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PhD in instrumentation for High-Angular resolution observations

This offer is available in the following languages:
Français - Anglais

Date Limite Candidature : mercredi 5 octobre 2022

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General information

Reference : UMR7326-ANAMEK-046
Workplace : MARSEILLE 13
Date of publication : Wednesday, September 14, 2022
Scientific Responsible name : Benoit Neichel
Type of Contract : PhD Student contract / Thesis offer
Contract Period : 36 months
Start date of the thesis : 1 December 2022
Proportion of work : Full time
Remuneration : 2 135,00 € gross monthly

Description of the thesis topic

For direct imaging of exoplanets from the ground, the performance requirements of Adaptive Optics are extreme because any residual phase results in residual starlight that reduces the potential detectability of planets. The fundamental limits of such instruments lie in the quality of the wavefront measurement, with photon noise as a fundamental limit. Wavefront Sensing (WFS) is strongly linked to technological constraints on detectors, and pushes them towards ever faster detectors, without readout noise, and at ever larger sizes.
In this context, Fourier filtering WFSs are among the most sensitive available and are therefore excellent candidates for XAO instruments. For more than 5 years, our group (LAM/ONERA) has strongly pushed the development and concept validation of new Fourier filtering WFSs, in order to gain in maturity on their use, but also to propose innovative solutions (of filtering concept or exploitation of raw data coming from the ASO) to improve the sensitivity.
But sensitivity is only one side of WFS optimization, and often optimizing sensitivity comes at the cost of linearity. For example, if the performance of the non-modulated pyramid seems excellent, in practice it is very difficult, if not impossible, to make this device work, because of the non-linearity and saturation of this sensor.
We have recently shown that it would be possible to use several wavelengths in parallel, and use the chromatic scaling of the turbulence (known theoretically) to calibrate the signal actually measured. In other words, we compare the reconstructed phase at different wavelengths with the one expected theoretically, and this allows us to estimate and compensate for linearity errors. We could benefit from the extreme sensitivity of WFSs such as the unmodulated pyramid, but for 1st stage WFSs, which would see the full turbulence. This would simplify future XAO systems while approaching the ultimate performance of this type of analyzer.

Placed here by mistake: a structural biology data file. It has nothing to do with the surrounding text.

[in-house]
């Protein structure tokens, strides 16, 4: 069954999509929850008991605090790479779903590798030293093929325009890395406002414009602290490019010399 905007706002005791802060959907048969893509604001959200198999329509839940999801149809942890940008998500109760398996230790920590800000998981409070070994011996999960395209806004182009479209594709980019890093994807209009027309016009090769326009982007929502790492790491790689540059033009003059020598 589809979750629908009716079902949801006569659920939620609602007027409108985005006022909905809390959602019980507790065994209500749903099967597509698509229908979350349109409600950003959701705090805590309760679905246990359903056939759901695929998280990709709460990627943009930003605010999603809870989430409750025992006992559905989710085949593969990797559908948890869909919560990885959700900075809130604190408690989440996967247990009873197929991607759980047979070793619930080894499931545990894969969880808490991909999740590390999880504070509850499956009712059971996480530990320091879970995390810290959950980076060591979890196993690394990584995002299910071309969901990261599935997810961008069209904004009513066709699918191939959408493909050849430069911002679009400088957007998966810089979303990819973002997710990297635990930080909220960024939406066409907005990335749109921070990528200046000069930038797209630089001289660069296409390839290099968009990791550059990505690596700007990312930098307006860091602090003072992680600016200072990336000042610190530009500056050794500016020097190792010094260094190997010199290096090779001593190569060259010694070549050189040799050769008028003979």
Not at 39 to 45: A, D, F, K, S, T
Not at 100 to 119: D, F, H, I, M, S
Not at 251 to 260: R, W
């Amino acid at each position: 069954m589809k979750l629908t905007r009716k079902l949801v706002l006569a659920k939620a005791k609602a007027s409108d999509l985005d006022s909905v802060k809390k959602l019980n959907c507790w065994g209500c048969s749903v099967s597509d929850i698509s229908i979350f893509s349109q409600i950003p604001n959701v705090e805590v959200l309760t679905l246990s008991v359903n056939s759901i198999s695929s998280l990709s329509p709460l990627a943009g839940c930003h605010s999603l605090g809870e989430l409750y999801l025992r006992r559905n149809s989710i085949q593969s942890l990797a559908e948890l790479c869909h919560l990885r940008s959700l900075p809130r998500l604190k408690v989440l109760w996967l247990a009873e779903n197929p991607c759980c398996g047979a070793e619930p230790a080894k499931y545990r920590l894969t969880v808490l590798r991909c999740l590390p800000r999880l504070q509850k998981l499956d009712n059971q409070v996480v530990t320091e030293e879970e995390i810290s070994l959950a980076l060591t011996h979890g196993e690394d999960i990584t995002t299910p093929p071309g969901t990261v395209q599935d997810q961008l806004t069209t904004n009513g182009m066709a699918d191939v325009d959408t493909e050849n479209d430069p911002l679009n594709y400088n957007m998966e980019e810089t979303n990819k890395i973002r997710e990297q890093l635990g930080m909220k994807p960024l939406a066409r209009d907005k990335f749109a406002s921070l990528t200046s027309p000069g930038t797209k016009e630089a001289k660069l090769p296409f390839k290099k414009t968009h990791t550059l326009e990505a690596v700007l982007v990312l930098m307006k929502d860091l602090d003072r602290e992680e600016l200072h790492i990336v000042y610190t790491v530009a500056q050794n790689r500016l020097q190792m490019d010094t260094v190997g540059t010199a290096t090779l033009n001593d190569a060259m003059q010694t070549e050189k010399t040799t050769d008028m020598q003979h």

The objectives of the thesis are:
1. Develop end-to-end simulations to model the exact behavior of a Fourier Filtering WFSs.
2. Demonstrate in simulation the concept of the "rainbow pyramid", and the robustness of this new sensor to large phase variations
3. Extrapolate the results to non-atmospheric phases, such as the famous "petalling" or "Low Wind Effect". Here the wavelength leverage should allow to resolve the 2pi indeterminations.
4. Set up a bench to experimentally validate the new concepts of linearization / non-atmospheric aberration measurements.
For the experimental aspects, we propose to use the PAPYRUS bench, available at LAM and OHP, on which a "classical" pyramid analyzer channel is available.

Work Context

The Laboratory (LAM) will first provide access to the E2E simulation tools, and to the computing clusters. The LAM will then provide access to the experimental benches, with LOOPS and PAPYRUS.
The student will be integrated in the R&D Group, under the direction of Benoit Neichel.

Additional Information

Master in instrumentation, optics, physics or astronomy.

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